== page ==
On Nov. 17, Kira Moyer-Sims was near the Manhattan Bridge, buying coffee while three friends waited nearby in a car. More than a dozen blocks away, protesters gathered for an Occupy Wall Street “day of action,” which organizers had described as an attempt to block the streets around the New York Stock Exchange.
Then, Ms. Moyer-Sims said, about 30 police officers surrounded her and the people in the car.
All four were arrested, said Vik Pawar, a lawyer for Ms. Moyer-Sims and two of the others, and taken to a police facility in the East Village. He said officers strip-searched them and ignored their requests for a lawyer. The fourth person could not be reached for comment.
Ms. Moyer-Sims, 20, said members of the Police Department’s intelligence division asked about her personal history, her relationship with other protesters, the nature of Occupy Wall Street and plans for upcoming protests.
“I felt like I had been arrested for a thought crime,” she said.
Mr. Pawar said that the police had charged his three clients, Ms. Moyer-Sims, Angela Richino and Matthew Vrvilo, with obstructing governmental administration, but that the Manhattan district attorney’s office had declined to prosecute them.
Now they are preparing to sue the city, Mr. Pawar said, adding that the arrests had violated their constitutional rights.
“Not only are the police disrupting people’s rights to free expression,” Mr. Pawar said. “They are taking pre-emptive steps by arresting people who might be just thinking about exercising their rights.”
Though Occupy Wall Street has largely faded from the headlines, organizers are planning springtime demonstrations in an effort to revitalize their movement. And they are troubled by what they consider continued monitoring by the police.
In 2003, citing the dangers of terrorism, a federal judge granted expanded surveillance powers to the New York police, who had previously faced restrictions in monitoring political groups. Police Commissioner Raymond W. Kelly, Mayor Michael R. Bloomberg and others have said the new latitude is essential to keeping the city safe.
But the Police Department’s surveillance efforts have recently gained attention and criticism with reports that officers compiled detailed data on Muslim communities. Now, some Occupy protesters worry that they are being subjected to similar scrutiny.
For the last few months, protest organizers say, police officers or detectives have been posted outside buildings where private meetings were taking place, have visited the homes of organizers and have questioned protesters arrested on minor charges.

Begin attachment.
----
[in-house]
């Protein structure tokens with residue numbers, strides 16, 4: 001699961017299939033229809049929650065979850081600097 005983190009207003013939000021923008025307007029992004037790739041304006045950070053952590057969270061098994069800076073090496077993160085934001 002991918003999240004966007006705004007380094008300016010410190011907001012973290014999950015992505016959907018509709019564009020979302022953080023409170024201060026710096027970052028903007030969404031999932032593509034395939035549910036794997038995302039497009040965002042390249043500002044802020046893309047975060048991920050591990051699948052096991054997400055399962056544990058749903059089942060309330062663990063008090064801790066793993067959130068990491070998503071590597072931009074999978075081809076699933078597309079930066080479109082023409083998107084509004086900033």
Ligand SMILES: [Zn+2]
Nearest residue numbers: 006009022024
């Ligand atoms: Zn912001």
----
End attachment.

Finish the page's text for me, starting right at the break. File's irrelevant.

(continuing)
“The N.Y.P.D. surveillance does not appear to be limited to unlawful activity,” said Donna Lieberman, the executive director of the New York Civil Liberties Union. “We count on the police, of course, to be on the lookout for terrorists and terrorism, but to think you could be on that continuum just by going to a peaceful protest is nuts.”
A police spokesman did not respond to a request for comment.
Undercover officers are generally entitled to attend public political gatherings. Protesters said apparent efforts to keep tabs on them had included officers’ showing up at private meetings and what some described as attempts at intimidation.
Ashley Cunningham, an Occupy organizer, said that on Dec. 16, officers parked outside her home in Bedford-Stuyvesant, Brooklyn, where people were discussing a demonstration planned for the next day.
Another organizer, Sandy Nurse, said she arrived at her apartment building in Bushwick, Brooklyn, on Dec. 16 and found uniformed officers outside who told her they were there to conduct a “security check” for a condition they would not identify.
Although she told them they could not enter, Ms. Nurse said, an officer used his foot to prevent the front door from closing behind her, followed her into the building’s entryway vestibule, and threatened to arrest her for obstruction of government administration. Ms. Nurse said the visit did not feel like a coincidence.
“It means that they are watching us,” she said. “They know who we are, where we live and where we are organizing.”
At various other points, organizers said, officers have posted themselves outside a building in the financial district where organizers were meeting, and stood in a hallway outside of an art studio in Dumbo, Brooklyn, where protesters were making signs and banners.
Several people charged with offenses like trespassing said detectives from the intelligence division questioned them, with other officers explaining that it was because of their connection to Occupy Wall Street.
Some of those questioned said the detectives seemed mainly interested in knowing about coming demonstrations. But sometimes, protesters and lawyers said, the questioning went further.
Mark Adams, a 32-year-old engineer from Virginia, said he was arrested in November at an Occupy Wall Street protest in Midtown and was questioned by a police detective and an agent from the Federal Bureau of Investigation, who asked about his involvement with Occupy Wall Street, requested his e-mail address and inquired whether he had ever been to Yemen or met anyone connected to Al Qaeda.
Mr. Adams, a naturalized United States citizen who was born in Pakistan, said he was arrested during another protest in January and questioned by intelligence division detectives. In that instance, he said, the detectives asked him about specific names and addresses, asked about his work history, education and family, and questioned him about a trip he had made to Ireland.
Mr. Adams said he was disturbed that anyone would consider him a threat because of his ethnicity or political views. “It’s scary,” he said.
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